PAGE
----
Immigration Judges: Who Supervises Them?

The U.S. functionaries known as “immigration judges” are, in fact, employees of the Executive Office for Immigration Review (EOIR), which is part of the Department of Justice (DOJ). The problem today is that they insist on being something well beyond that – judges with zero accountability. This has put them squarely in conflict with the Trump administration.

Immigration judges are not independent, like real judges, but neutral, in that they do not represent the Department of Homeland Security (DHS), which brings cases to the EOIR. Aliens may not bring cases independently to the EOIR, but only in response to an action taken against them by DHS.

Immigration judges are executive branch employees, and are therefore subject to the supervision of the President of the United States or his appointees. Executive branch employees are supervised, reviewed, evaluated and managed by a numerous levels of management. No one in the executive branch exercises independent judgment that is not reviewed by another executive branch employee, including the president himself.

Immigration courts, unlike federal district and appeals courts, are part of the DOJ. The Attorney General (AG) has, therefore, the authority to act as an arbiter on legal questions affecting immigration proceedings. Immigration judges are first supervised by the Chief Immigration Judge, Deputy Chief Immigration Judges, and Assistant Chief Immigration Judges, as well as the AG, in both the exercises of their authority and administratively.

Most attorneys in the DOJ are not unionized (that is, represented by a bargaining unit in negotiating working conditions and disciplinary actions) because the nature of their work, including prosecuting and disciplining labor organizations, makes representation a conflict. In addition, immigration judges are employees involved in national security work (mostly related to aliens being removed who are terrorists). Most employees involved in investigating any crime are prohibited from being represented by unions. Examples include: FBI, DEA, Secret Service, Homeland Security Investigations, Offices of Inspector General, etc.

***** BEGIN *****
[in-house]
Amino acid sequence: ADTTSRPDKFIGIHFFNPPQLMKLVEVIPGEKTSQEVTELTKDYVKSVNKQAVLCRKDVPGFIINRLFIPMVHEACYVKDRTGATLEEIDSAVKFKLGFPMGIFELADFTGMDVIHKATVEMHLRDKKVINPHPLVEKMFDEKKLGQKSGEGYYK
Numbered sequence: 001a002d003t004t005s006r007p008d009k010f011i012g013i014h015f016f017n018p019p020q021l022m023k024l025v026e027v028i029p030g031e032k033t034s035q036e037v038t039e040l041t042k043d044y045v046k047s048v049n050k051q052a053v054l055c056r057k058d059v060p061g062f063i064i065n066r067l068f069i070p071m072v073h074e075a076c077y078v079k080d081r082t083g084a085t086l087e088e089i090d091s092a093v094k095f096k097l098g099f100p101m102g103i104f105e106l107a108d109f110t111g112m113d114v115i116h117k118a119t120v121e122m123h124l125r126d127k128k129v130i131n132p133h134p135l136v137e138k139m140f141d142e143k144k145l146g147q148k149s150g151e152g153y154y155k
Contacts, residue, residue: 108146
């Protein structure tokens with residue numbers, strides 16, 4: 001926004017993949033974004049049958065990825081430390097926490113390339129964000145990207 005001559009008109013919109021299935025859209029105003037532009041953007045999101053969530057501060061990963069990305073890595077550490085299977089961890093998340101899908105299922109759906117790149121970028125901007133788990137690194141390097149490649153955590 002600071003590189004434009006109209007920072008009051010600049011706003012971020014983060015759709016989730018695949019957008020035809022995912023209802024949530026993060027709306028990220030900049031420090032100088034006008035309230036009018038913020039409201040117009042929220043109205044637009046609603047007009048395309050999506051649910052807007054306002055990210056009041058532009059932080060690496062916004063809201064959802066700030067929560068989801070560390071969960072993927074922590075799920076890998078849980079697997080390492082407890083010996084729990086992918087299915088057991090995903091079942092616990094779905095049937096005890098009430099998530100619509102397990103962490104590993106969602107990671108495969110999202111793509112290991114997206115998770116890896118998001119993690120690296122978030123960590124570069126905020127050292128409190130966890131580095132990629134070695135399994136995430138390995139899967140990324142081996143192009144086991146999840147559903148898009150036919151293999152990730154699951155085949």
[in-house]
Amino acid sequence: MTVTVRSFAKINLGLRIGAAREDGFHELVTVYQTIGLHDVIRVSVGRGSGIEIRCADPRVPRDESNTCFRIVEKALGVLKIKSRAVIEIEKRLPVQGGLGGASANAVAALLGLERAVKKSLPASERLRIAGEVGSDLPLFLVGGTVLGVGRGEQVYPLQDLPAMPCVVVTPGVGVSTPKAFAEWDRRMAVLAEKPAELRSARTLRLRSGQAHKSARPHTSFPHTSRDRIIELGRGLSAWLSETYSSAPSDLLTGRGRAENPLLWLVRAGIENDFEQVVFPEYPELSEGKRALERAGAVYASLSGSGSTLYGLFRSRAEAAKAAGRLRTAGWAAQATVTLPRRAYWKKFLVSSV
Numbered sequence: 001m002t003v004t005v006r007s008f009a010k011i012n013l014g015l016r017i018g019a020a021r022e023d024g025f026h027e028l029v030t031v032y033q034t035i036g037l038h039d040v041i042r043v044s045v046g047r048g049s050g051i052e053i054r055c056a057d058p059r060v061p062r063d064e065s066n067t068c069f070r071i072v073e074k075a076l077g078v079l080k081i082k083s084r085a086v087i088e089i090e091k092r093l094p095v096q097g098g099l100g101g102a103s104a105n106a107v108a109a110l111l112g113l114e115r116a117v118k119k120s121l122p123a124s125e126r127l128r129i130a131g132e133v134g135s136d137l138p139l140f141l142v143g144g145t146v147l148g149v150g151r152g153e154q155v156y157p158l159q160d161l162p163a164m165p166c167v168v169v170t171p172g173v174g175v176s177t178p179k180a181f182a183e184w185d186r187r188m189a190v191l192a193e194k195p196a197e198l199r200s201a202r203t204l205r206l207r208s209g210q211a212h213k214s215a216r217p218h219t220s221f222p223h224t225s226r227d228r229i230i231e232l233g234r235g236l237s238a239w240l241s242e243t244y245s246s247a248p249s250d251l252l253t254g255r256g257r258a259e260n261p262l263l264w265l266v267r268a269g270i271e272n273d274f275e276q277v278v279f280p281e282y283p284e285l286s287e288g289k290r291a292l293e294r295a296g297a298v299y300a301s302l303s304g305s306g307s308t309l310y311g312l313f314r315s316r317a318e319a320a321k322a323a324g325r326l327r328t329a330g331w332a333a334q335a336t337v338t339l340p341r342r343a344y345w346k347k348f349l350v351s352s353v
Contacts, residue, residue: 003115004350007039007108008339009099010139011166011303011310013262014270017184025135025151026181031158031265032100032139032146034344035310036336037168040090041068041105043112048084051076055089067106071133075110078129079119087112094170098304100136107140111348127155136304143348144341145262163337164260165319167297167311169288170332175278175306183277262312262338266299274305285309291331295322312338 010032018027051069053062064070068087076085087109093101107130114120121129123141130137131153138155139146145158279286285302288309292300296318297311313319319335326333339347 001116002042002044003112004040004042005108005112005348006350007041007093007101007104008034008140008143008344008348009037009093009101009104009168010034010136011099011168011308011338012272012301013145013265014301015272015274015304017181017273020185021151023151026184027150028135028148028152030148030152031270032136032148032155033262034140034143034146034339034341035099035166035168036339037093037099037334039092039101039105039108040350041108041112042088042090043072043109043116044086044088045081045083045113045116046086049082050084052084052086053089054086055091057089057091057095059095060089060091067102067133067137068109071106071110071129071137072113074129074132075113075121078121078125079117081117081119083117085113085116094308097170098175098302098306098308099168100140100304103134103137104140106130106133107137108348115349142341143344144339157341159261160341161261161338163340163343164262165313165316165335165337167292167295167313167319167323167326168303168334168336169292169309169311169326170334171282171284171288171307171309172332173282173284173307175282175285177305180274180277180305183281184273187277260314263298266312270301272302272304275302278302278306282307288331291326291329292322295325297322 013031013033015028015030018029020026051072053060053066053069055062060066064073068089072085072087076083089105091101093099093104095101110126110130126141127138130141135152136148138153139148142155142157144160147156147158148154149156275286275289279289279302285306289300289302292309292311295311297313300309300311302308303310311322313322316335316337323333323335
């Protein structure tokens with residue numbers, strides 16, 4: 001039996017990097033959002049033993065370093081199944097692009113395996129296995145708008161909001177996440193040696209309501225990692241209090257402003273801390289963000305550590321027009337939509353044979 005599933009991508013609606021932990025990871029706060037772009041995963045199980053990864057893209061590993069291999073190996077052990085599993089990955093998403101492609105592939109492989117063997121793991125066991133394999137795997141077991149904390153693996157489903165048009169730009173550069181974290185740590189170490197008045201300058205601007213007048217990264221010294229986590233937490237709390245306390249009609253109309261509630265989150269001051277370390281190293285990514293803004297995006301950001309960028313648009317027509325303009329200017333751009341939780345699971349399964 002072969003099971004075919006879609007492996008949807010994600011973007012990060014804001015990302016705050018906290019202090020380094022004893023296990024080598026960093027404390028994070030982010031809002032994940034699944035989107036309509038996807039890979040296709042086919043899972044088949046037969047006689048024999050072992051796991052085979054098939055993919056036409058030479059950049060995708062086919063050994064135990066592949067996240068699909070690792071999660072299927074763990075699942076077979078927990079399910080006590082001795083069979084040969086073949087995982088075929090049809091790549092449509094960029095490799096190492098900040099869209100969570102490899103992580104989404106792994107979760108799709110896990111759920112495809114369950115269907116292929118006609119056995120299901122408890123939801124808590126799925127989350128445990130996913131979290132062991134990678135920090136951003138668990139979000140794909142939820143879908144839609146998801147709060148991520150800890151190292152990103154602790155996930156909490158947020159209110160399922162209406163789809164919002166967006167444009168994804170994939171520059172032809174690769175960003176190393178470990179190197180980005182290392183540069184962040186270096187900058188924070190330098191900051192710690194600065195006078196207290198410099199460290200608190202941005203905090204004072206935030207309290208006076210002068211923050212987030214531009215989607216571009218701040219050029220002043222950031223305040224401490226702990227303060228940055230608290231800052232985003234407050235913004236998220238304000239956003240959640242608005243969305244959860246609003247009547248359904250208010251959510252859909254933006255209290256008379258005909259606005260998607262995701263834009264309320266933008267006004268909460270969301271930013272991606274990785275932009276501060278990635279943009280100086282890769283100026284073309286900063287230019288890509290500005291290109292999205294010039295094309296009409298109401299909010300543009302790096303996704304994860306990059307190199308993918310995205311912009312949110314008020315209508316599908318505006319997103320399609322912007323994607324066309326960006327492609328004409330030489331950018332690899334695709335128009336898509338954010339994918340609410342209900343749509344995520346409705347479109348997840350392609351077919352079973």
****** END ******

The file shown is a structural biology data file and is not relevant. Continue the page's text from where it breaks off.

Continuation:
Since immigration judges represent the DOJ in legal proceedings, they should not be unionized. Unfortunately, they are. The National Association of Immigration Judges (NAIJ) represents judges employed by the EOIR.

The Trump Administration has moved to decertify the immigration judges union, something tried earlier by the Clinton Administration.

On August 9, 2019, the DOJ filed a petition asking the Federal Labor Relations Authority to determine whether the union, the NAIJ, should have its certification revoked because its members are considered “management officials” ineligible to collectively organize.